Dubai has passed a new law regulating the expropriation of property for public use.
Sheikh Mohammed bin Rashid Al Maktoum, Vice President and Prime Minister of the United Arab Emirates, in his capacity as Ruler of Dubai, issued Law No. 2 of 2022 on the expropriation of property for the public use in the emirate.
According to a detailed set of rules laid out in the law, the law is designed to protect the rights of property owners and to ensure that they are compensated fairly for their expropriated property.
The law will be applied to the expropriation of property across Dubai. Special development zones and free zones, such as Dubai International Financial Center, are covered by this law, which regulates the terms and conditions under which buildings and facilities may be expropriated, including those that are complete or under construction. In a decision issued by the chairman of the Dubai Ruler’s Court, it also sets out the terms of providing compensation to the owners of expropriated properties.
According to the law, if a portion of a property is expropriated but the remaining part is unfit for use under Dubai’s construction rules and regulations, full compensation will be provided to the owner if he or she does not wish to keep the remaining part to add to an adjacent property.
In addition, the law creates an ‘Expropriation Committee’ to oversee all matters relating to expropriation. The chairman of the Dubai Ruler’s Court will make a decision on the formation of the committee, its members, and the expropriation process.
In addition to reviewing requests for expropriation, the committee is responsible for determining whether taking property is feasible to achieve a project’s objectives. A committee may suggest alternatives to expropriating property for a project, including land grants. In addition, it will determine whether a proposed project will require full or partial expropriation and evaluate compensation for expropriated property.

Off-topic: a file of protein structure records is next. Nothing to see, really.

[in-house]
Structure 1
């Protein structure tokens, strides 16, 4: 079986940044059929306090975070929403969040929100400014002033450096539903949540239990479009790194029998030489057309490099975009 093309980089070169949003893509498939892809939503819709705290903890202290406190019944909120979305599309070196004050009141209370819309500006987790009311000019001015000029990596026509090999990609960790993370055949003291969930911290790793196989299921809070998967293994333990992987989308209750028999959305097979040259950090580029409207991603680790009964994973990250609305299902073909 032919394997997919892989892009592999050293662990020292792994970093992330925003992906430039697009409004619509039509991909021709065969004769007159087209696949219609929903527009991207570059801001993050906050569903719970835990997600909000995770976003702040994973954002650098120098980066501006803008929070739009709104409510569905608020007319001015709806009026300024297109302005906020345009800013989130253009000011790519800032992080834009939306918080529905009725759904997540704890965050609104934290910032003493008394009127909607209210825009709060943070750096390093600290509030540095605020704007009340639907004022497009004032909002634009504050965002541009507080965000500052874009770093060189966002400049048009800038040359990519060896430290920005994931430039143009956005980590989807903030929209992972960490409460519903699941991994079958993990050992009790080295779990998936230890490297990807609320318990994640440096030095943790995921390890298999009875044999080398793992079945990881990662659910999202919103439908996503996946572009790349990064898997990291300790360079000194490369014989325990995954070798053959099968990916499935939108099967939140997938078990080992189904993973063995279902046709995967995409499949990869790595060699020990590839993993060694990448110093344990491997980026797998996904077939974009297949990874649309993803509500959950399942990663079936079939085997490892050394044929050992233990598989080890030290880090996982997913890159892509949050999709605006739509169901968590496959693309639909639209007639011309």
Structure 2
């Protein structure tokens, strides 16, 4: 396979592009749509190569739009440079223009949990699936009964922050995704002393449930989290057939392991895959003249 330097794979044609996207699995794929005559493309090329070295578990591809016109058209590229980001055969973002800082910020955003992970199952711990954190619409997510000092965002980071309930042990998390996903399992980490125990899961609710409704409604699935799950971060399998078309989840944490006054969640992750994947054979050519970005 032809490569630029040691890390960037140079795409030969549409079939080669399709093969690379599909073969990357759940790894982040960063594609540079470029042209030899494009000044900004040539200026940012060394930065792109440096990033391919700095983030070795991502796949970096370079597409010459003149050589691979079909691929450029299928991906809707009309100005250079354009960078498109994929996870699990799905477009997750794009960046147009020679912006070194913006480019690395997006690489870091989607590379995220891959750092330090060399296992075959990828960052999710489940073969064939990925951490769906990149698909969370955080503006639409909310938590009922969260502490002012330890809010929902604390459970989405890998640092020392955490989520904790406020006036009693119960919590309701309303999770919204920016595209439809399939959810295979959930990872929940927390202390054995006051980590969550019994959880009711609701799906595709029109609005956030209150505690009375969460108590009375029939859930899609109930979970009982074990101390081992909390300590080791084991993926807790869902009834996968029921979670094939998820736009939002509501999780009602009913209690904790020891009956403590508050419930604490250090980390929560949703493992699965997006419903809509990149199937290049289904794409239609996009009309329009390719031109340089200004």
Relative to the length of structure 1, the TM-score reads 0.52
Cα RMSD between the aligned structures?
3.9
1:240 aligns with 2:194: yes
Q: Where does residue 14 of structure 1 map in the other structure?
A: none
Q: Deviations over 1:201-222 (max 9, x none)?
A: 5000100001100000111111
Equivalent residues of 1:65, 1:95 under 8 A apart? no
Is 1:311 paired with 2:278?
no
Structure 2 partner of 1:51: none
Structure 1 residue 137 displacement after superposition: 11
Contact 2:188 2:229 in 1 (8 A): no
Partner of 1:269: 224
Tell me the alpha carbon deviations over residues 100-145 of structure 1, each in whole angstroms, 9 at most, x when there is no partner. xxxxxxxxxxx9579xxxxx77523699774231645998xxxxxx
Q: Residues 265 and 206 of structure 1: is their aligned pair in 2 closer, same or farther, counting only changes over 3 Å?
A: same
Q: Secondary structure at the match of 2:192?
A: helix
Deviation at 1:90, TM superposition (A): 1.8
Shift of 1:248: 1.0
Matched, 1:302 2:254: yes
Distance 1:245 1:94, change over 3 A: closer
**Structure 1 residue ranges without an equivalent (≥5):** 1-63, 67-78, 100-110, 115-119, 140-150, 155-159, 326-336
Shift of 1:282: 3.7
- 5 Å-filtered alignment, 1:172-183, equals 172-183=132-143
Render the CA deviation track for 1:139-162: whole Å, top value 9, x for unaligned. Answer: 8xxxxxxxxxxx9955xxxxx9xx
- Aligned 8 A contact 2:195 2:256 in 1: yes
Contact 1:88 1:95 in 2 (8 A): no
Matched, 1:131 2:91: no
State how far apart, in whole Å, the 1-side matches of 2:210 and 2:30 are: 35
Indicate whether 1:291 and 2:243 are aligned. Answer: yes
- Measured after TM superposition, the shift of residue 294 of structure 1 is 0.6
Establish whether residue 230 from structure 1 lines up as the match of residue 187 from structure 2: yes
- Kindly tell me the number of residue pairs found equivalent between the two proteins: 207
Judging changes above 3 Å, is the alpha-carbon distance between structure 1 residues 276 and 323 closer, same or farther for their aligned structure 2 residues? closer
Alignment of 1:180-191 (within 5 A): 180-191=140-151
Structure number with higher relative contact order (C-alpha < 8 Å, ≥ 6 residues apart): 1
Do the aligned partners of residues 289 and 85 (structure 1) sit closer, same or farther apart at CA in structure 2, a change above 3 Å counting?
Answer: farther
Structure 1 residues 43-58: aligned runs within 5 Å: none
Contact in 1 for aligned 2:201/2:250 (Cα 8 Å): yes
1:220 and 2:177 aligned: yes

Sheikh Mohammed’s orders to expropriate property in Dubai supersede those of the committee.
When expropriation affects property owned by a local or federal government entity, compensation will be provided in accordance with legislation and procedures approved by the committee.
A property expropriation conducted before the issuance of the new law should follow all procedures and provide compensation according to previously established terms and conditions within a year of the effective date of the new legislation. The chairman of the Dubai Ruler’s Court has the authority to extend the deadline by six months. By law, compensation will need to be provided if the deadline is not met.
In the law, comprehensive procedures are outlined for expropriation of property, calculating the value of compensation, and appealing against expropriation.
As a result of the new law, the expropriation of private property for public use is no longer governed by clauses of the resolution from January 1, 1964. It also annuls any other legislation that contradicts it.
The newly issued law takes effect on the date of publication in the official gazette.